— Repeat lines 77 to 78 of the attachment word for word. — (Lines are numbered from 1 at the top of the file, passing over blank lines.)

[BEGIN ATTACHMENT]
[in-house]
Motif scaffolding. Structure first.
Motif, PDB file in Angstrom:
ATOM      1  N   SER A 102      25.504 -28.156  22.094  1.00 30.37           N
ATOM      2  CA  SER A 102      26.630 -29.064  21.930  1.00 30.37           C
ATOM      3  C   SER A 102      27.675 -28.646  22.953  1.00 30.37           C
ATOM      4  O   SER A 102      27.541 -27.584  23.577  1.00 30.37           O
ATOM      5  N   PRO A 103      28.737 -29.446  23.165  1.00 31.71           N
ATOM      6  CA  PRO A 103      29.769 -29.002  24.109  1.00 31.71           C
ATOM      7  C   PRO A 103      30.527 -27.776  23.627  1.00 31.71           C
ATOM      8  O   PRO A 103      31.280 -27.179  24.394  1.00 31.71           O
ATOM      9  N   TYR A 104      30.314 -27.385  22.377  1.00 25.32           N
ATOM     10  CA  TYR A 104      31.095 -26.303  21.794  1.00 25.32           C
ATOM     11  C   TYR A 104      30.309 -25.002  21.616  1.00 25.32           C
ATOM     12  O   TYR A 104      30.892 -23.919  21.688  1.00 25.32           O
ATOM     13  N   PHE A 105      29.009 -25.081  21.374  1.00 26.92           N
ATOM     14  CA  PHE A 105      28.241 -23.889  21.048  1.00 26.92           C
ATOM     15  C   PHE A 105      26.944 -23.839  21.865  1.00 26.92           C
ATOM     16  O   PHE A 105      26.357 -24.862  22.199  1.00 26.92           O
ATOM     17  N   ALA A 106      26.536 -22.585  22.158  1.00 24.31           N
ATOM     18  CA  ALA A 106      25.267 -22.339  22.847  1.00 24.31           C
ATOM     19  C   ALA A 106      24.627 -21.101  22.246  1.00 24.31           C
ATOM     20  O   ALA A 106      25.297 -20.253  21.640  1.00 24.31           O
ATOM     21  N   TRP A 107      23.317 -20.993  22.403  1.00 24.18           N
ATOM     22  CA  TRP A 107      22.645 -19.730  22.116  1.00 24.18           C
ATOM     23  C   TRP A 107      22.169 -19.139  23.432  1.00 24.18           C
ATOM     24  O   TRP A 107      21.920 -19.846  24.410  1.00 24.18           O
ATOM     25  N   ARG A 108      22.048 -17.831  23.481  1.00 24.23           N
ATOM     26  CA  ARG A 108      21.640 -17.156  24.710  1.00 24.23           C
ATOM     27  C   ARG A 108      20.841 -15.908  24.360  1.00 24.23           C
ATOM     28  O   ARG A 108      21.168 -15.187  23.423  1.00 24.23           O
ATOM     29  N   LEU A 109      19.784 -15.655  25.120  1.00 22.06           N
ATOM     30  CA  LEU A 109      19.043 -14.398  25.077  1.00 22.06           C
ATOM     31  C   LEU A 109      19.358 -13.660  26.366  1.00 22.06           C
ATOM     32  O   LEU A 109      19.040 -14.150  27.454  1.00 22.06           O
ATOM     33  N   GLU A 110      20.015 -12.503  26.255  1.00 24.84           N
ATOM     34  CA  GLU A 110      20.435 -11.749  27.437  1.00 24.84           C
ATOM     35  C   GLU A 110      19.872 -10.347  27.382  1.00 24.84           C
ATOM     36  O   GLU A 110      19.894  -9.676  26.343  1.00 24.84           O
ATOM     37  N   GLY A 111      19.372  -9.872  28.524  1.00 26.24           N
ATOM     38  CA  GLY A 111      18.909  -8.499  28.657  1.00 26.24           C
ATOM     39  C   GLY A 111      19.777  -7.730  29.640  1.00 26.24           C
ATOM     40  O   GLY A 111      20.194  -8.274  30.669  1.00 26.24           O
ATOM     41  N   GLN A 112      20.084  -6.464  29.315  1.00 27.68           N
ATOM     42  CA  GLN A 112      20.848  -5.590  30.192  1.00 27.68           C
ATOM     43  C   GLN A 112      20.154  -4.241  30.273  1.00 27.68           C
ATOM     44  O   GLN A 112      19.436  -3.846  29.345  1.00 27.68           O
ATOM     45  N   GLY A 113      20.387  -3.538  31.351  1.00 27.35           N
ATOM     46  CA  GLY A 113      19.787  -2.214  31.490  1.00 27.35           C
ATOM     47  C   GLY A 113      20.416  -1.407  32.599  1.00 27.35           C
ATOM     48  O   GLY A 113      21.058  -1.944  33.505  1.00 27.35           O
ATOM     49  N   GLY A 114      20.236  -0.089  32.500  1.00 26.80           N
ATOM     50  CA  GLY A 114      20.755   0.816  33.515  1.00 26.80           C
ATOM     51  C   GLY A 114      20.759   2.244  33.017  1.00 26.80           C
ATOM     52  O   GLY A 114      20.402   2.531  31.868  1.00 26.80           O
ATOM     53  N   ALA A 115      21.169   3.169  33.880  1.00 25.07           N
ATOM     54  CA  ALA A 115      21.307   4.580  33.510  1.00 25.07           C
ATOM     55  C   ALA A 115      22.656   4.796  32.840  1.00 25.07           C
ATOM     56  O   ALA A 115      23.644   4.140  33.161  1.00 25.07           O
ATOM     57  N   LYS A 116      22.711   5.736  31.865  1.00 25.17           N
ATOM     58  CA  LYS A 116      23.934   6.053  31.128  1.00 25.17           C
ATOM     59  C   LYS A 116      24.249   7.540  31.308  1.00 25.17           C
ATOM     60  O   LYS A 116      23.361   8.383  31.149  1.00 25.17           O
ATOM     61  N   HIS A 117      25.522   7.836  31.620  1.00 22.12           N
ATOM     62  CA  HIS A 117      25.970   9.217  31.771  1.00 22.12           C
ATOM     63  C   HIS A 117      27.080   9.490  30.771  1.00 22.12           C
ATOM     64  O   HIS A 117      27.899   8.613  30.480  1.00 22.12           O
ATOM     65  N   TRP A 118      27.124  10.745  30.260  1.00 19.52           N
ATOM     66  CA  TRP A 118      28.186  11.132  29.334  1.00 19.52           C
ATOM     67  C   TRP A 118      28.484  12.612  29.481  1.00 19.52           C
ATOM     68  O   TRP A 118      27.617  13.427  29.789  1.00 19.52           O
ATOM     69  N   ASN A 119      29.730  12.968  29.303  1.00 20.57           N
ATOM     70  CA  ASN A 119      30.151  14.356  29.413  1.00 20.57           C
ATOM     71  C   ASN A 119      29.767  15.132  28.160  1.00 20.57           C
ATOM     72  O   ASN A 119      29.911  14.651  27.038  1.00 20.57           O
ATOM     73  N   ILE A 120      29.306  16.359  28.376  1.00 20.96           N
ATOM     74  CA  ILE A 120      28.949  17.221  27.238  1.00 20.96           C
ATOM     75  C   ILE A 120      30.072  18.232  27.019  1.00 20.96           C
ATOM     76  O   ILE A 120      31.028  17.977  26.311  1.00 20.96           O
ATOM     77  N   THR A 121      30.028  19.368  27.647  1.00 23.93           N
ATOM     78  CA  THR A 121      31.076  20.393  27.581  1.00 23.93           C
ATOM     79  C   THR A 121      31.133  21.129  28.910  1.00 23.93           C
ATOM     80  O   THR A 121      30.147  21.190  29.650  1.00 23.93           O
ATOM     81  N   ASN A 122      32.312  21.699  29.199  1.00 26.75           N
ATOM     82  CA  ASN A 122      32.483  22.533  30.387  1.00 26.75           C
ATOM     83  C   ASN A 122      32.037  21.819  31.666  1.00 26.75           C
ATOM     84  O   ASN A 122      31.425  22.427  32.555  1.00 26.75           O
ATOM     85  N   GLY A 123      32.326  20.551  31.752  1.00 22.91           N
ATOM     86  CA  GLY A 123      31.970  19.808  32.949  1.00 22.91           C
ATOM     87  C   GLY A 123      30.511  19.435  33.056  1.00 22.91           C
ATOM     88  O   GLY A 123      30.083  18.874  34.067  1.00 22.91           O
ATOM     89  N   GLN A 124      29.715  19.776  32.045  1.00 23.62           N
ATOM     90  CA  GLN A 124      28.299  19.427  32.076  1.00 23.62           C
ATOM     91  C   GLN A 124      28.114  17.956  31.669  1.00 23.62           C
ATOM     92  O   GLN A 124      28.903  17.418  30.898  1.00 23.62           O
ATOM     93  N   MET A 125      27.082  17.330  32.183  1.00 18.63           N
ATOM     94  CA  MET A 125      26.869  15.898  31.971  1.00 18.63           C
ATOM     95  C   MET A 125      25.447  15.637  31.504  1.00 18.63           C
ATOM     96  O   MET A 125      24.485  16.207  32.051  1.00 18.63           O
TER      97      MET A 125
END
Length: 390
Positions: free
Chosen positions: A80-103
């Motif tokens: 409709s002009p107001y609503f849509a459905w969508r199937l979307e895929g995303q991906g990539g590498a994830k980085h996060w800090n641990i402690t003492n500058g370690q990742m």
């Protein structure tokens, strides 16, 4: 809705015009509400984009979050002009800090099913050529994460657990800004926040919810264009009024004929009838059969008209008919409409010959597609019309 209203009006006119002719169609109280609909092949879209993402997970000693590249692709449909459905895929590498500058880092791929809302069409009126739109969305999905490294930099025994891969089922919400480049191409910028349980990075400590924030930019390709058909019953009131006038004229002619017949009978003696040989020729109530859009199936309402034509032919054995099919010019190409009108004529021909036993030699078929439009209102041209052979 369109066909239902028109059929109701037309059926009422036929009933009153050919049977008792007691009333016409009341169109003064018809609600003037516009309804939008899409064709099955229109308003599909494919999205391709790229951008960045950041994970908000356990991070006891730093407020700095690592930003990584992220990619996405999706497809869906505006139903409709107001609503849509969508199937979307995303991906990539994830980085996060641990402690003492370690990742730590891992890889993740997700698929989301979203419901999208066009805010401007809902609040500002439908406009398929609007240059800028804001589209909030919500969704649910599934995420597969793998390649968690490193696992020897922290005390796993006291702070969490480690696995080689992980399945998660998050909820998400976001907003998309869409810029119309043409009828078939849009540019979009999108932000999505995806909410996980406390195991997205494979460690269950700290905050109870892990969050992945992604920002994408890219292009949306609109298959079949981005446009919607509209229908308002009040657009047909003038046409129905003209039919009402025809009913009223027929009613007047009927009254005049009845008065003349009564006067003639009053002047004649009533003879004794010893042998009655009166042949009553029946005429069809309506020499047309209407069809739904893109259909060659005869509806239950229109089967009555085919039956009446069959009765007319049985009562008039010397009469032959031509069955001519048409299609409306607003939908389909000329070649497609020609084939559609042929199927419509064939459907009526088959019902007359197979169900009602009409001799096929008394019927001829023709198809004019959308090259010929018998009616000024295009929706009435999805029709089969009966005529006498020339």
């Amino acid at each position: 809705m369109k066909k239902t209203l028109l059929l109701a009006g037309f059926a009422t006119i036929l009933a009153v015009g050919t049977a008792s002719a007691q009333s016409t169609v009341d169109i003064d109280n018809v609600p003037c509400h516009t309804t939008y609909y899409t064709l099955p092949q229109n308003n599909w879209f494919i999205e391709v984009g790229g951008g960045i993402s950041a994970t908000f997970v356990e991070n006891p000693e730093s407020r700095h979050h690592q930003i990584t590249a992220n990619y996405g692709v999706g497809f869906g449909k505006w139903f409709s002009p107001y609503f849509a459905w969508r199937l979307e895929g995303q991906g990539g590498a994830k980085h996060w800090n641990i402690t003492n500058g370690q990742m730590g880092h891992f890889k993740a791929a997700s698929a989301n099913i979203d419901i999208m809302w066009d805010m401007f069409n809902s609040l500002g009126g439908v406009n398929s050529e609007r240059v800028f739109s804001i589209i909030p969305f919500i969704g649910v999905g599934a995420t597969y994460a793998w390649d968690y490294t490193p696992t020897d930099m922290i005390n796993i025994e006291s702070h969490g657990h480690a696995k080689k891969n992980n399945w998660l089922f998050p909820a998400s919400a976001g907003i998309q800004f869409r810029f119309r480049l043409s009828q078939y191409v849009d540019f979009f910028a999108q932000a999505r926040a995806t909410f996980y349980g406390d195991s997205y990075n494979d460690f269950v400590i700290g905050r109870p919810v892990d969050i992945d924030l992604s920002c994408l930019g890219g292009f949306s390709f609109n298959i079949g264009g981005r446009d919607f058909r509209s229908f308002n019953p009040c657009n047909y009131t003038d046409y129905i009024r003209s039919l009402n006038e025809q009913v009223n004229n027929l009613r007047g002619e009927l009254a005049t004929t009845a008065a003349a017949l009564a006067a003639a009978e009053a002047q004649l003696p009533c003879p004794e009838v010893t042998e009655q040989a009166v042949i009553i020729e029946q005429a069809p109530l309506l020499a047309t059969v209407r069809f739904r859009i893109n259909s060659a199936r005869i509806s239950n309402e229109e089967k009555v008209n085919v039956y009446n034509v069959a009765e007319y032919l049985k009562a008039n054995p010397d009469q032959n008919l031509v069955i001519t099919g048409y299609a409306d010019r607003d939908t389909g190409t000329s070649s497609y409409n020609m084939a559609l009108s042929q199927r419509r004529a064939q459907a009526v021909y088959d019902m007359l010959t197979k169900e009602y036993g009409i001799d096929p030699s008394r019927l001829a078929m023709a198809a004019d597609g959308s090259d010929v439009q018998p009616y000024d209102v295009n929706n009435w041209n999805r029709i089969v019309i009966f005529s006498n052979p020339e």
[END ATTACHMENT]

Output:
ATOM     74  CA  ILE A 120      28.949  17.221  27.238  1.00 20.96           C
ATOM     75  C   ILE A 120      30.072  18.232  27.019  1.00 20.96           C